Apart from the island of Taiwan, Orchid Island is the island with its own culture that has received the most attention. The island has been the location of the largest number of ethnographic documentaries over the past hundred years. We have therefore created a special “Orchid Island” theme for this festival. From my Voices of Orchid Island made in 1993, to Huang Chi-mao’s Dishes of an Afternoon Meal, Lin Jian-Hsiang’s Rayon, Kuo Chen-ti’s Libangbang: Ching-wen’s Not Home, and the just finished And Deliver Us From Evil (the film closing the festival) by Si-Manirei, a nurse on the island, we are able to observe important cultural transformations. Documentary filmmakers are continuously expanding their work on Orchid Island, allowing the island Tao tribe to communicate through the camera in dialogue with people off the island. The meeting between the traditional concepts of Orchid Island Tao and modern civilization has created contradictions and struggles, joys, and tragedies. The happiest development over the last few years is that the people on Orchid Island themselves have learnt to pick up the camera and start documenting their own lives. The first work by Si-Manirei brings us close to the people of the island and to their lives. On the one hand, she wants her filmmaking to help her start up home care activities for the elderly, but also she worried that the “truth” shown in the documentary will hurt the tribe.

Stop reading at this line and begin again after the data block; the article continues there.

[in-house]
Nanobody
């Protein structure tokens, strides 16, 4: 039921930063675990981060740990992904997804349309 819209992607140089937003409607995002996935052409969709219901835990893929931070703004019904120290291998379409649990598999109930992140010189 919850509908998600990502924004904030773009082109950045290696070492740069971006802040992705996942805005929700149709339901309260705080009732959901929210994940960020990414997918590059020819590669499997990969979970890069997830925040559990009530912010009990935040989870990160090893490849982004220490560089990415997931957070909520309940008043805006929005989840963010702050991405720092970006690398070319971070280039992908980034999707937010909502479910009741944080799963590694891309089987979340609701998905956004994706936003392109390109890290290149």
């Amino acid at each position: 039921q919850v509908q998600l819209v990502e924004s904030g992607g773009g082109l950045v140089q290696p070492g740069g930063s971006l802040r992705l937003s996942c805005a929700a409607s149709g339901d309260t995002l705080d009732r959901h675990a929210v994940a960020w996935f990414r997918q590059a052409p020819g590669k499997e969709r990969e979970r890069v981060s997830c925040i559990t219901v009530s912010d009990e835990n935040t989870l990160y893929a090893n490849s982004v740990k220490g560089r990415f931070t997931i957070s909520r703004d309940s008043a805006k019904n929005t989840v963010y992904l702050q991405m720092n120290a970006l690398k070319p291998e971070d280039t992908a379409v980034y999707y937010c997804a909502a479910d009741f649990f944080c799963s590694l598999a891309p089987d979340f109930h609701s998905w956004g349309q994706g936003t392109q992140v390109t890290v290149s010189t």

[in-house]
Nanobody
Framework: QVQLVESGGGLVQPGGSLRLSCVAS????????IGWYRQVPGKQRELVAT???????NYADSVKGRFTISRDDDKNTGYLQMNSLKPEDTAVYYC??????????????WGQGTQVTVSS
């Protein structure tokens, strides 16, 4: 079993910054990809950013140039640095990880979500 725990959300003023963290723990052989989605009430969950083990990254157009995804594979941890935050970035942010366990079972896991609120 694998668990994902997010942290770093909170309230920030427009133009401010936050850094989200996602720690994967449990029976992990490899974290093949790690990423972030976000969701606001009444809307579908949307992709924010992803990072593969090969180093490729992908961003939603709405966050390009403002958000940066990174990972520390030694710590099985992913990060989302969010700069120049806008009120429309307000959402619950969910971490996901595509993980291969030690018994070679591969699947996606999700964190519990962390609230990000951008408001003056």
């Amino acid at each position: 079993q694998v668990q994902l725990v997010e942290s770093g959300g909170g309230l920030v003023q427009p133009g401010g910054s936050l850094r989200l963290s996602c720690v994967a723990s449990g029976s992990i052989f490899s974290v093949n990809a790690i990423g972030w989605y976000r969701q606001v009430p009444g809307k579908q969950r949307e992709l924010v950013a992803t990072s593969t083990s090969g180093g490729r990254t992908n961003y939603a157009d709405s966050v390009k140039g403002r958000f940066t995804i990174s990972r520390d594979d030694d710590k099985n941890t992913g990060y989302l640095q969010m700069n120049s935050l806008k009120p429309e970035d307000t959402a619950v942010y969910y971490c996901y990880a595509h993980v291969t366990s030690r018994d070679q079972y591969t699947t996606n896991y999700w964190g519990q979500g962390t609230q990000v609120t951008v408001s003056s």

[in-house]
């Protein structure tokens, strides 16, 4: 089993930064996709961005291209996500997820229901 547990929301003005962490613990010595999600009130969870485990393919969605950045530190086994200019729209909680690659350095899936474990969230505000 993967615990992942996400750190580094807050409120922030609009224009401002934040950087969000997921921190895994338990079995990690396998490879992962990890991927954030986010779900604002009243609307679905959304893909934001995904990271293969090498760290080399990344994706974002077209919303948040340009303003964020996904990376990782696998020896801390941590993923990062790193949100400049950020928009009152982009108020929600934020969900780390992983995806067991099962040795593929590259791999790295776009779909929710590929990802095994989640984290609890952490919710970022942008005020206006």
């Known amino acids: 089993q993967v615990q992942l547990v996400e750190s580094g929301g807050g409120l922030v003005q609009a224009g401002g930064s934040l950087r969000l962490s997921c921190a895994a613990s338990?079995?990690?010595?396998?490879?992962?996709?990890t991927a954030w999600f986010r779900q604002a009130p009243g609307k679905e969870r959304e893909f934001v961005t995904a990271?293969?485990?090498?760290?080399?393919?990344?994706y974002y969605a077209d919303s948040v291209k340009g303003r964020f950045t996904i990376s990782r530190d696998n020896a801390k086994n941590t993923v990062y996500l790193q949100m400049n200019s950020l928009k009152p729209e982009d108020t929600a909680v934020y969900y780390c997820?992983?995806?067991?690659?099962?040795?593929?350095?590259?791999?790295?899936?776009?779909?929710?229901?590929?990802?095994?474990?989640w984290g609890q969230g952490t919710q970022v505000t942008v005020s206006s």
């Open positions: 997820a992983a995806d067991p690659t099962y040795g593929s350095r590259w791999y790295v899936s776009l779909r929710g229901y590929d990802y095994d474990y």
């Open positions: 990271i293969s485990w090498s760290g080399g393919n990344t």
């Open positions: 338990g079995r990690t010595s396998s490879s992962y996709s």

After completing the domestic and international island odyssey, we will leave the single island concept to a comparative outlook for a sensitive and deeper understanding of the characteristics and problems of island cultures. When I made Voices of Orchid Island, for example, I had not seen Dennis O’Rourke’s films, but by coincidence I documented a similar phenomena. Black Harvest, directed by Bob Connolly and Robin Anderson, The Last Chieftain by Lee Daw-ming along with Sakuliu Pavavalung of the Paiwan tribe depicted in the film, and You Can’t Live With Your Mouth Shut by Joao Nicolauare all moving and rich portrayals of tribal political, economic, and religious transitions. We can also compare Karen Kramer’s Children of Shadows with Tseng Wen-chen’s After the Championship to understand what it is like to grow up on an island; Robert Flaherty’s Moana, and Heather Croall’s Paradise Bent are both brilliant documentaries of the Samoa Islands. If we look at Aryo Danusiri’s The Poet of Linge Homeland, Cesar Paes’s Angano Angano…Tales from Madagascar, Yu Kan-ping’s Theater in the Palm of Your Hand–Glove Puppetry in Taiwan, and Rolf Husmann & Petra Engelhardt’s Lucha Canaria–Sport and Identity in the Canary Islands together, we can enter the history and spirit of the island through poetry and songs, legends, theatre and sports. Oyvind Sandberg’s Elmer and the Flower Boat and Mort Ransen’s The Money, The Money, The Money: The Battle for Saltspring in different ways express the love and care for the island environment. These films are interesting if seen alone, but if comparisons are made, they will provide another experience. We hope to excite even more sparks through this island odyssey.